Wednesday, May 26, 2010
Written by Gregg Gothreaux

Whether you are a start-up, looking to expand or trying to woo a national client to Acadiana, LEDA can provide custom demographics, competitive analysis and industry research. One of the most common formats for this data is maps.


As things begin to look up for the economy, it’s time to start thinking about your business plan moving forward, if you have not done so already. Hopefully you followed the advice I offered in my column last year and kept doing what made you successful in the first place instead of cutting back. Being proactive and finding your niche in the market is always a smart idea in good times, and especially in not so good times. This is where LEDA’s Information Services Department can help. Through the creation of customized reports, maps and data, LEDA’s researchers can supply you with the information you need to make important business decisions.

With access to data points ranging from retail sales to employment figures, LEDA’s team of researchers can conduct customized market research for existing and prospective Lafayette Parish businesses. Our researchers can also gather competitor and consumer data to assist in the growth and development of your company. Some of the most-requested research services include:

Demographics — up to 30 miles from a single point or any standard U.S. geography  
Economic Indicators — relevant statistics
Traffic Counts — local and state
Aerial Photography — 2009 and historic imagery
Industry Research — custom-built lists and maps of competitor/vendor/customer data

Custom demographics, competitive analysis and industry research may be used by start-up businesses to substantiate a business plan, by a company looking to expand to a second location, or by a real estate developer trying to woo a national client. One of the most common formats LEDA provides this data in is maps.

Information Services researchers use Geographic Information Systems technology to bind requested data to maps on a local and regional scale. The result is an organized illustration that translates and supports the data that researchers provide in report form. Different size options are available, and clients may request anything from a JPEG image of the map, for use in presentations and reports, to a poster-sized print. These maps are often the easiest method for analyzing and comparing data that is critical in making the best decisions for business development.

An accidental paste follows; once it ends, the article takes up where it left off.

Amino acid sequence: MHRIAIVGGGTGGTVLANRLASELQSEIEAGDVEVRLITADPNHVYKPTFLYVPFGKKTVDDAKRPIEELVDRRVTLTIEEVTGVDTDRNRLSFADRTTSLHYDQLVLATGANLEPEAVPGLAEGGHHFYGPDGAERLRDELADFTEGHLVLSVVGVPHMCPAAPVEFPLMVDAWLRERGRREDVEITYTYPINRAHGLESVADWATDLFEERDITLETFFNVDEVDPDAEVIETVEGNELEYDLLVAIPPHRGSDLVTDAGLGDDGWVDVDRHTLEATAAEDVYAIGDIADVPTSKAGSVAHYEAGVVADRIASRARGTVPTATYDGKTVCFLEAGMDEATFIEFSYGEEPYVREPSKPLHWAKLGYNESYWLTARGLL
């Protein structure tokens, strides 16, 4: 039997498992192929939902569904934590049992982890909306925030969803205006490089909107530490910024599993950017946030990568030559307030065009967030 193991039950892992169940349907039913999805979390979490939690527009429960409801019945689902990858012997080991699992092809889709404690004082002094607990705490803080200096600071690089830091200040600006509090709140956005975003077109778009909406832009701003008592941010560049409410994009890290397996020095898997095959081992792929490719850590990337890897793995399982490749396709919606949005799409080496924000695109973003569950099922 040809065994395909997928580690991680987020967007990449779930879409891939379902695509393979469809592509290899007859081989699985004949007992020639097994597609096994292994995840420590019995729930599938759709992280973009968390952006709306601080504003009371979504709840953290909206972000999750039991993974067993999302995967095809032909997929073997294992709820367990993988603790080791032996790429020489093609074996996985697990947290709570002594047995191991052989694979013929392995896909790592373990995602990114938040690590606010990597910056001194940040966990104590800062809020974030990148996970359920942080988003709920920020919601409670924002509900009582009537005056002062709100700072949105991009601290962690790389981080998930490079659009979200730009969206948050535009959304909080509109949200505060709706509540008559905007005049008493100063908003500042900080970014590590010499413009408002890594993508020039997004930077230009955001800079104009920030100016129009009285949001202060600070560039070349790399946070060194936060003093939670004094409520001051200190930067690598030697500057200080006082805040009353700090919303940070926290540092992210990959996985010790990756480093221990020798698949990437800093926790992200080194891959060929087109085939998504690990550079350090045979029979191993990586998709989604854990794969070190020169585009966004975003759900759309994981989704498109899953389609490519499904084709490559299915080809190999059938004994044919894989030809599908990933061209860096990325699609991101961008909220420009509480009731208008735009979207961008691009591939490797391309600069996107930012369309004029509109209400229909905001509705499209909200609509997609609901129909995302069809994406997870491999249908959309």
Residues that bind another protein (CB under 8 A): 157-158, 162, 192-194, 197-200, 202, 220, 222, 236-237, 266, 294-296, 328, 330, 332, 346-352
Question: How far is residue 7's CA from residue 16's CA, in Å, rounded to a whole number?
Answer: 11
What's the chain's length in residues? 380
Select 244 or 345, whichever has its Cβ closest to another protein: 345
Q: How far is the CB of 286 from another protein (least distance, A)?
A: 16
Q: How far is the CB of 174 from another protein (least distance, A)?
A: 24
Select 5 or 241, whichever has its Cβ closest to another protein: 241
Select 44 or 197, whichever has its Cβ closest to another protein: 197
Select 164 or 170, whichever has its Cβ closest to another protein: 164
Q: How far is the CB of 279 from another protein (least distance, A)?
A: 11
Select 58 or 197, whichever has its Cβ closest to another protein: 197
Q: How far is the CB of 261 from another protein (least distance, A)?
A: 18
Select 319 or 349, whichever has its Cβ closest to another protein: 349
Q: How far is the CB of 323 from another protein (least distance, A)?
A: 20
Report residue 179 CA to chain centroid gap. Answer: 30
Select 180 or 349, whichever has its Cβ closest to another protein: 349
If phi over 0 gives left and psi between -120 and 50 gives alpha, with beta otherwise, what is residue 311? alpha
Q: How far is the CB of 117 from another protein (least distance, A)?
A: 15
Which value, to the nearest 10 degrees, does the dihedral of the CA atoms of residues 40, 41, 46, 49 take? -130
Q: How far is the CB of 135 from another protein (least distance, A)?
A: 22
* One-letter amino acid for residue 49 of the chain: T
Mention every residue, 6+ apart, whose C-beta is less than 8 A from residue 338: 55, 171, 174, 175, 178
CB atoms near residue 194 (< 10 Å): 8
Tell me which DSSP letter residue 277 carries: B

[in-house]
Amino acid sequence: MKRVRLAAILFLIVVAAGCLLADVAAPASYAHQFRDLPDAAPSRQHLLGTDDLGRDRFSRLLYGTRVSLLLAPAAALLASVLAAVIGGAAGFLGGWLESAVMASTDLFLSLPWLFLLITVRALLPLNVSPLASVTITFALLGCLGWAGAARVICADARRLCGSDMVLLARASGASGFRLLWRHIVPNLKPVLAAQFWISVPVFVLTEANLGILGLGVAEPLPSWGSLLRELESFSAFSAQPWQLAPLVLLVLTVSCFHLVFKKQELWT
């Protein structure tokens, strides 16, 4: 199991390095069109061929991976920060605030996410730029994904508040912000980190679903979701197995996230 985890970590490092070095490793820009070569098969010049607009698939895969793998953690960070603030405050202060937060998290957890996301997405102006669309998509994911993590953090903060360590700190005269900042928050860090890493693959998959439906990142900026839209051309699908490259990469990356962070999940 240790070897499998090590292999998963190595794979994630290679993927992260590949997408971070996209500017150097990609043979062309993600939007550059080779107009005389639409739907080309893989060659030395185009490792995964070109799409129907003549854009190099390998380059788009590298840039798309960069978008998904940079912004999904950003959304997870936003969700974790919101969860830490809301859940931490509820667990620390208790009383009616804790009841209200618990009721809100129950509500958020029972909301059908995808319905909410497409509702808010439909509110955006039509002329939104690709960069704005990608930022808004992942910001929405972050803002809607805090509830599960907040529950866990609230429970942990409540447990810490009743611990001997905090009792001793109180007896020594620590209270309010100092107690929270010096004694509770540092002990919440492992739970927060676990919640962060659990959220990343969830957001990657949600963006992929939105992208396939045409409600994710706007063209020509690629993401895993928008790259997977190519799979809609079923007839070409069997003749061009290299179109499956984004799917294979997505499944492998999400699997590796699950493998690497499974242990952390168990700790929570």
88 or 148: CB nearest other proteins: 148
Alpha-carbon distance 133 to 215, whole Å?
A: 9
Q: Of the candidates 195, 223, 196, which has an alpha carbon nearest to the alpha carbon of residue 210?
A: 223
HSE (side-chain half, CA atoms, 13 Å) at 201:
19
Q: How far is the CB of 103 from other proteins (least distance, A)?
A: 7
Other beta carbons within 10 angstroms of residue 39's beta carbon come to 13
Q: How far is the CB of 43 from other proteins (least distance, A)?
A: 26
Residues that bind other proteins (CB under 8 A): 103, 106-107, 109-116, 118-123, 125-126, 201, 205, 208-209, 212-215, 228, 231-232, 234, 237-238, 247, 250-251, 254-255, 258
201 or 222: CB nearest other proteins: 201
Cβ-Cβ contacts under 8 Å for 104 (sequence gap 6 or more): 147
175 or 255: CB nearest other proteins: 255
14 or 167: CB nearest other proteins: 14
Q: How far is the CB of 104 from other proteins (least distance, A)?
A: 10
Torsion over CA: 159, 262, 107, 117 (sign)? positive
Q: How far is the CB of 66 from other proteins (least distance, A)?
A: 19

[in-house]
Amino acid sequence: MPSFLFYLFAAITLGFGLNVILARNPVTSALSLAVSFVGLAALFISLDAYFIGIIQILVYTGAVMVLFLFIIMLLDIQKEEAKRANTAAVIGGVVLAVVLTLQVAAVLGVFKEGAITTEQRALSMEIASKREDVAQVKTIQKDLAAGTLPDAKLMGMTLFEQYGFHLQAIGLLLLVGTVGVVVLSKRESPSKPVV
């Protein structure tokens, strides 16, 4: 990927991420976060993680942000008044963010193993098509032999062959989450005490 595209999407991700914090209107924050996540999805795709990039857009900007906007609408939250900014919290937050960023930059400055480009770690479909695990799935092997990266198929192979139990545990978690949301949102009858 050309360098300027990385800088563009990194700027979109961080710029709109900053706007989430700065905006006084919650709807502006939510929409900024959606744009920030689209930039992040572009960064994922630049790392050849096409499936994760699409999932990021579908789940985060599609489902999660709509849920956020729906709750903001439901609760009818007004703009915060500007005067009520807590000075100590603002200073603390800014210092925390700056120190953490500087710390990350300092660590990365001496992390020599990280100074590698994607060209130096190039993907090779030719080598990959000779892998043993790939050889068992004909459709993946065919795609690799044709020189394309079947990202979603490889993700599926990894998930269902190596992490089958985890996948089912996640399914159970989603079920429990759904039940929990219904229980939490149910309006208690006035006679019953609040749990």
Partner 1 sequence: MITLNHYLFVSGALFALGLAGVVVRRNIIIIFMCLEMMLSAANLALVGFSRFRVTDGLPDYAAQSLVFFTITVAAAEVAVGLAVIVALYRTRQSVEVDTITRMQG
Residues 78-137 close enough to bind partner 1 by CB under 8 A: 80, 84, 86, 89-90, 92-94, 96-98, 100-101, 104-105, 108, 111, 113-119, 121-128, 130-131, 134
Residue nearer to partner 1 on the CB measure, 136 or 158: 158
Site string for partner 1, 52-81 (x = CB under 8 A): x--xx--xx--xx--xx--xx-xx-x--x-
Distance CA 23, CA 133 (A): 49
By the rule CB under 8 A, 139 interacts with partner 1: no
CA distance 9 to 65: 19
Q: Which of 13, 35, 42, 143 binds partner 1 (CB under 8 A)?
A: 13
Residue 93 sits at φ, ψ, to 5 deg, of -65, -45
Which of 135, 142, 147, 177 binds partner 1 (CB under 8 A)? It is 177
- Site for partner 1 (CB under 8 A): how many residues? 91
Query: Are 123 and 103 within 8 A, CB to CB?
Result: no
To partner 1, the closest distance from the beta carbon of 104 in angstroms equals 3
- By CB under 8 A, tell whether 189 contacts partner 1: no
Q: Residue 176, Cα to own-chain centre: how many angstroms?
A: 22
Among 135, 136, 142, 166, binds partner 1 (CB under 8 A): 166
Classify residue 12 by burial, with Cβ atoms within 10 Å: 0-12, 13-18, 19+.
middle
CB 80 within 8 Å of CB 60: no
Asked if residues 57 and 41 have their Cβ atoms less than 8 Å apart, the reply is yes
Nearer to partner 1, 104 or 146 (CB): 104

The most common mapping request is competitor location. People want to know where their competition is or isn’t; and when that information is paired with available properties or demographics we can help them see the big picture. Maps 1 and 2 are examples of this. In the first map, LEDA noted all convenience stores and banks within Lafayette Parish. The second map shows the location of local fitness centers compared to several retail spaces a client was considering for a 24-hour fitness center location. From this map, our client can see which locations may be most practical or profitable and can make an educated decision about selecting a location.

The maps can be created with multiple layers of data that can be added or taken away as needed to best illustrate the project. For example, either of these maps could also include traffic counts at specific intersections as well as population density of males 18-44, or families with children, residents age 60 and older, or whatever the target market is. Having the ability to visualize his target market between possible locations, while identifying major competitors, will allow our client to make confident decisions.

The third map is an example of a more specialized map that LEDA can produce. The map illustrates the concentration of business in Lafayette Parish. Our research staff mapped the number of businesses per square mile by census tract to demonstrate that downtown is the most concentrated area of businesses in the parish. LEDA’s manager of downtown business development is able to use this map to attract new businesses to the downtown district. These are just three examples of the individually customized maps you can request for your business.

A new service LEDA began offering this year is producing economic impact studies for specific projects on a case by case basis. An economic impact study identifies the economic contribution an organization, company, or project makes to the community. Based on the money put into the economy directly, multipliers are used to measure the additional effects through the interdependence of sectors within the community. These multipliers will vary from region to region; they assume a certain dollar spent gets spent again and again within the same community. Multipliers are often called estimators of the ripple effect. Each economic impact study quantifies the amount of output, income and jobs that are generated by the company, project or organization. It is the ultimate goal of each study to show the return on investment in order to create awareness, increase interest, get a foot in the door, or even break down community barriers.

LEDA can’t offer a crystal ball and tell you what is best for your business. What we can offer is the most complete and accurate data available. And at the right price — free. That’s definitely good for business.

Gregg Gothreaux is president and chief executive officer of the Lafayette Economic Development Authority.

To post a comment, please log into your IND account. If you do not have an account, click the "register" button to create one. Facebook comments can be used as an alternative to creating an account at theIND.com.

Advertisement

Read the Flipping Paper!

Click Here for the Entire Print Version of
IND Monthly
Advertisement
Advertisement